123 years, 4 months, and 5 days ago, a white mob abducted one black woman and two black men, tied them to stakes in a nearby field, and mercilessly shot them in Travis County, Texas. At the time, the media indicated that the three victims were "very likely" innocent of any crimes, as if a guilty verdict justified vigilantism, but the perpetrators did not receive punishment for their actions.
On December 16, 2017, approximately 250 individuals, including Austin NAACP President Nelson Linder, Travis County Commissioner Jeff Travillion, Austin Mayor Steve Adler, and U.S. Rep. Lloyd Doggett, commemorated the three deaths in Wesley United Methodist Church. Following the service, the crowd gathered in the freezing rain as representatives unveiled the "Lynching in Travis County" plaque displayed in front of the East Austin church.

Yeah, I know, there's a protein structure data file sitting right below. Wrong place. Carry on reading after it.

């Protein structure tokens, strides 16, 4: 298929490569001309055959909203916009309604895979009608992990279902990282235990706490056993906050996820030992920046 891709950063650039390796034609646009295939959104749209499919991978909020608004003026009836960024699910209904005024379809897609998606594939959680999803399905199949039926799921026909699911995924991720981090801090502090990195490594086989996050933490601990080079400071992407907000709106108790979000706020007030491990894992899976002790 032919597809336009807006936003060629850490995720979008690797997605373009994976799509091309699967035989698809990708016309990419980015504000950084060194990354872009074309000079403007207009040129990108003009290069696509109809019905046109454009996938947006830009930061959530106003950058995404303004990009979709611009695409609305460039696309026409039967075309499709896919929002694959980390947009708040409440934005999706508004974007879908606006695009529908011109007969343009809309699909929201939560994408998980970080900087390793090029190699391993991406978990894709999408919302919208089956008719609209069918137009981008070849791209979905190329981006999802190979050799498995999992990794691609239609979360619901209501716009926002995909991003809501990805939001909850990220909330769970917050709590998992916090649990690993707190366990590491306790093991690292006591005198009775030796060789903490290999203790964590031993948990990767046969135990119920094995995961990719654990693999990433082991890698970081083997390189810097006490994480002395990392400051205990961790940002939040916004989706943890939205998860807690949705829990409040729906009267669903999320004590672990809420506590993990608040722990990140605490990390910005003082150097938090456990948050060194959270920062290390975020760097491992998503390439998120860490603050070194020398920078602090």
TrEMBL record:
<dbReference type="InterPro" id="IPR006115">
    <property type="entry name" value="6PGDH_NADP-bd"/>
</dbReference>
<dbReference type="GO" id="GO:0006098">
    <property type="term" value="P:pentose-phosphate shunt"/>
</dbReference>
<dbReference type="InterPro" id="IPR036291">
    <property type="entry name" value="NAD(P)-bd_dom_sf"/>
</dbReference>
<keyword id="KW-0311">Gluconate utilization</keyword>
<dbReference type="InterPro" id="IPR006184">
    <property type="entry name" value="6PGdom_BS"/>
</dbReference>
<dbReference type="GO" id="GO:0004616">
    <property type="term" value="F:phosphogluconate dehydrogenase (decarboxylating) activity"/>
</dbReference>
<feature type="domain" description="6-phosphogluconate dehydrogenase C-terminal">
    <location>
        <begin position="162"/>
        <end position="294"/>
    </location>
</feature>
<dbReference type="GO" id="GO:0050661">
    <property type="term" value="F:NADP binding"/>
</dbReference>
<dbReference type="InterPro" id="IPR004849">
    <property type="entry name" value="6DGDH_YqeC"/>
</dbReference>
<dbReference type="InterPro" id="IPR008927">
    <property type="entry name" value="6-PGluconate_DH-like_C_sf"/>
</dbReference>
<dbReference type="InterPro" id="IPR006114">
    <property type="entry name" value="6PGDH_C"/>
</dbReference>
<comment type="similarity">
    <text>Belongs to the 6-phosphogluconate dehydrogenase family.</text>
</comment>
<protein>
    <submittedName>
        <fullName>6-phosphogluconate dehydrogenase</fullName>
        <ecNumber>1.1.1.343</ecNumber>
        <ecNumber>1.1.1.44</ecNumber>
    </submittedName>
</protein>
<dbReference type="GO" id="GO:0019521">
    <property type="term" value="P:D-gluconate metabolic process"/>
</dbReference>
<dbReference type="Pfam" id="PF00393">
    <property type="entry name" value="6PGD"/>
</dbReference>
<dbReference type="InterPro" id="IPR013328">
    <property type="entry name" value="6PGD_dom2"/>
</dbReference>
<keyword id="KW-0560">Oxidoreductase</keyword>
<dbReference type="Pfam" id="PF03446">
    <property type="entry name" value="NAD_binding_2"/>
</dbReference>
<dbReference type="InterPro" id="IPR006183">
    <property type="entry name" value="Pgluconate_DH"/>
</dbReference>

The Travis County lynching was one of 4,743 in the U.S. between 1882 and 1968. Accordingly, efforts are being made across the country to install similar plaques to remind us that racial terror has consequences. "We have to own this and make the city better," Linder said at the memorial. This weekend, Austin did just that. This weekend, it took a step towards righting over a century of wrongs.